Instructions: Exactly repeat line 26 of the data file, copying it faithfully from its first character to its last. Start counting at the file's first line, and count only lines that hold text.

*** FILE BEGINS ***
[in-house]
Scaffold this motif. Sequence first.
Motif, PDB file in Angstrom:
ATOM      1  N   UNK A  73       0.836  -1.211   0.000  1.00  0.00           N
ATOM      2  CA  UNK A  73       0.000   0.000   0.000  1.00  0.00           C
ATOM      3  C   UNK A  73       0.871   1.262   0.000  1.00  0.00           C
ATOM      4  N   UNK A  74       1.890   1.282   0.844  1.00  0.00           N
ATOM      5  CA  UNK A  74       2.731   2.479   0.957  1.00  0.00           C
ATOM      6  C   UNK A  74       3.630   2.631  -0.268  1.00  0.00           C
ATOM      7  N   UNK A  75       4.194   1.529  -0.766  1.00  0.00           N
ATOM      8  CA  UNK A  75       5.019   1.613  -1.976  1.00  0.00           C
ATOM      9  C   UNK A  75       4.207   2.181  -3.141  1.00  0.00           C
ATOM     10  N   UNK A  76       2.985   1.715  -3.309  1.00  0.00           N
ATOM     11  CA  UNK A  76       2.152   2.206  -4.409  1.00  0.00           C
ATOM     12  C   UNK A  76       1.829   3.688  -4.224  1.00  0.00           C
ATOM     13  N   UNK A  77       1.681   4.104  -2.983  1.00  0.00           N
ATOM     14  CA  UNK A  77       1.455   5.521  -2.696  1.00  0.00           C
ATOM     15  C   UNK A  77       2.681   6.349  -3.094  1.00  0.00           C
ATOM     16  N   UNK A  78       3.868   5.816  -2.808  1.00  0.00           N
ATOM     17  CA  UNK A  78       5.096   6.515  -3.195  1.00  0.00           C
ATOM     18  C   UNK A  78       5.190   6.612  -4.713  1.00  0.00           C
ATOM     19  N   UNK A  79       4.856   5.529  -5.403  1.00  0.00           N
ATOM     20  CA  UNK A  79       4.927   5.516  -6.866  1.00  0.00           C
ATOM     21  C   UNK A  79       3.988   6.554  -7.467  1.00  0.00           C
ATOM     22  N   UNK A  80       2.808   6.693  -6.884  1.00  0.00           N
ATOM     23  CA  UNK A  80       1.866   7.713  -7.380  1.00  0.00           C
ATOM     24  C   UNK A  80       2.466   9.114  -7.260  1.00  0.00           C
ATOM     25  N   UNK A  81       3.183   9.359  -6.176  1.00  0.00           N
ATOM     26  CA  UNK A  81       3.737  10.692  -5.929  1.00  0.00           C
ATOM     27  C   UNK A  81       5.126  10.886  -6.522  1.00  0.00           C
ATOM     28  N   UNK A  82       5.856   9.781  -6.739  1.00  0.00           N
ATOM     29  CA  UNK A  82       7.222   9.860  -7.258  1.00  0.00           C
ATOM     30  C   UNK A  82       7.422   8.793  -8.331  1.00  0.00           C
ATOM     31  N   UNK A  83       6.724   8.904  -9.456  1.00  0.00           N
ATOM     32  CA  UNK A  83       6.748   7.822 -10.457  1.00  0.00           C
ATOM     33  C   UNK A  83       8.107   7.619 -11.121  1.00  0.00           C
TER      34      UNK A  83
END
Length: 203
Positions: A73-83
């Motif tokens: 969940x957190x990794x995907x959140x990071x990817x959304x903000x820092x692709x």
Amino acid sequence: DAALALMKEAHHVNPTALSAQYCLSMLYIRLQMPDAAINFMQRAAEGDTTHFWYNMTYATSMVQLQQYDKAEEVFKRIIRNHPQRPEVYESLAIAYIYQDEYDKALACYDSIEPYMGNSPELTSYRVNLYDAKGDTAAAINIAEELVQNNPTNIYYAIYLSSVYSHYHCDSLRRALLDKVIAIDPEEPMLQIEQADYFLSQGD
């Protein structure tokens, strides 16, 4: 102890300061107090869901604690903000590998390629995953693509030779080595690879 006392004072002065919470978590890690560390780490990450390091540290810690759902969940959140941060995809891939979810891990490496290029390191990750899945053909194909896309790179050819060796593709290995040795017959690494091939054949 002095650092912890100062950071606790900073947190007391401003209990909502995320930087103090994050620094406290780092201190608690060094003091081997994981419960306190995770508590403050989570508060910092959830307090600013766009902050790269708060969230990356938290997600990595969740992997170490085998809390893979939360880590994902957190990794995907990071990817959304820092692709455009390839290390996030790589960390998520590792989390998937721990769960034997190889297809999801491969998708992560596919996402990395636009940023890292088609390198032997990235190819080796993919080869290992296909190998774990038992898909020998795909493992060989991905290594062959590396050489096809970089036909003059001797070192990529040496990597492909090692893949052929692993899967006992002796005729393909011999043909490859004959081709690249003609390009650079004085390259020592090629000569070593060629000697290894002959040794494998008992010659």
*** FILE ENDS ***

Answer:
ATOM     23  CA  UNK A  80       1.866   7.713  -7.380  1.00  0.00           C